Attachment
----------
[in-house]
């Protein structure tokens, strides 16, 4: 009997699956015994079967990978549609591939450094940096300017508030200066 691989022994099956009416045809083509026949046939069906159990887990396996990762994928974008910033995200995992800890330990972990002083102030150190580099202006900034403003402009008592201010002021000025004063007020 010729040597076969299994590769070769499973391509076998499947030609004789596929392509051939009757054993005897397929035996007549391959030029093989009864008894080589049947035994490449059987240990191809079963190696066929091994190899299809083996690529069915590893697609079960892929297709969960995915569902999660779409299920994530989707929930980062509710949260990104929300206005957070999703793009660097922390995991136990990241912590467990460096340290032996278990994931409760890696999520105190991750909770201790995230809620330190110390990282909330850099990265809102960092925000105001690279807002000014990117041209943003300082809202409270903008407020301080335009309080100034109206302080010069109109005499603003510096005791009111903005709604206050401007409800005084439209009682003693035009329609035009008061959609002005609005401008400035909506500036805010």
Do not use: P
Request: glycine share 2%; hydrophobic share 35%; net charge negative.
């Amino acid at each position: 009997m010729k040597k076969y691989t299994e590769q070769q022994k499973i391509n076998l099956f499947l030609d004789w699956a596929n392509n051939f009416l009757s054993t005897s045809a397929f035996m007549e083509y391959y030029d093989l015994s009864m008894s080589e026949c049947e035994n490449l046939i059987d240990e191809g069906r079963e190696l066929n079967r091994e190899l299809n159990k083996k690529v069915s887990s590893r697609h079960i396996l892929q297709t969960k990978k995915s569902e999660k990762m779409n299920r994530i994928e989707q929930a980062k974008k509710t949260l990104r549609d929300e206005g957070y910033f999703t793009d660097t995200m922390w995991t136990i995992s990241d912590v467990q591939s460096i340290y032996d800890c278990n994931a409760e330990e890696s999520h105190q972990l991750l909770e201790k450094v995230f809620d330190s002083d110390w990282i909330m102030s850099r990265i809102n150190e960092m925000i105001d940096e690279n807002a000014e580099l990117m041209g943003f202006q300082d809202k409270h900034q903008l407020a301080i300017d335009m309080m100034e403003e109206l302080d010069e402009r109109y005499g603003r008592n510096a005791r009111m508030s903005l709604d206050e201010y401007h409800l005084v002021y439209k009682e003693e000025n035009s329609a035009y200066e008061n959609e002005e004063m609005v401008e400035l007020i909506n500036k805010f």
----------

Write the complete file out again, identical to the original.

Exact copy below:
[in-house]
């Protein structure tokens, strides 16, 4: 009997699956015994079967990978549609591939450094940096300017508030200066 691989022994099956009416045809083509026949046939069906159990887990396996990762994928974008910033995200995992800890330990972990002083102030150190580099202006900034403003402009008592201010002021000025004063007020 010729040597076969299994590769070769499973391509076998499947030609004789596929392509051939009757054993005897397929035996007549391959030029093989009864008894080589049947035994490449059987240990191809079963190696066929091994190899299809083996690529069915590893697609079960892929297709969960995915569902999660779409299920994530989707929930980062509710949260990104929300206005957070999703793009660097922390995991136990990241912590467990460096340290032996278990994931409760890696999520105190991750909770201790995230809620330190110390990282909330850099990265809102960092925000105001690279807002000014990117041209943003300082809202409270903008407020301080335009309080100034109206302080010069109109005499603003510096005791009111903005709604206050401007409800005084439209009682003693035009329609035009008061959609002005609005401008400035909506500036805010």
Do not use: P
Request: glycine share 2%; hydrophobic share 35%; net charge negative.
């Amino acid at each position: 009997m010729k040597k076969y691989t299994e590769q070769q022994k499973i391509n076998l099956f499947l030609d004789w699956a596929n392509n051939f009416l009757s054993t005897s045809a397929f035996m007549e083509y391959y030029d093989l015994s009864m008894s080589e026949c049947e035994n490449l046939i059987d240990e191809g069906r079963e190696l066929n079967r091994e190899l299809n159990k083996k690529v069915s887990s590893r697609h079960i396996l892929q297709t969960k990978k995915s569902e999660k990762m779409n299920r994530i994928e989707q929930a980062k974008k509710t949260l990104r549609d929300e206005g957070y910033f999703t793009d660097t995200m922390w995991t136990i995992s990241d912590v467990q591939s460096i340290y032996d800890c278990n994931a409760e330990e890696s999520h105190q972990l991750l909770e201790k450094v995230f809620d330190s002083d110390w990282i909330m102030s850099r990265i809102n150190e960092m925000i105001d940096e690279n807002a000014e580099l990117m041209g943003f202006q300082d809202k409270h900034q903008l407020a301080i300017d335009m309080m100034e403003e109206l302080d010069e402009r109109y005499g603003r008592n510096a005791r009111m508030s903005l709604d206050e201010y401007h409800l005084v002021y439209k009682e003693e000025n035009s329609a035009y200066e008061n959609e002005e004063m609005v401008e400035l007020i909506n500036k805010f």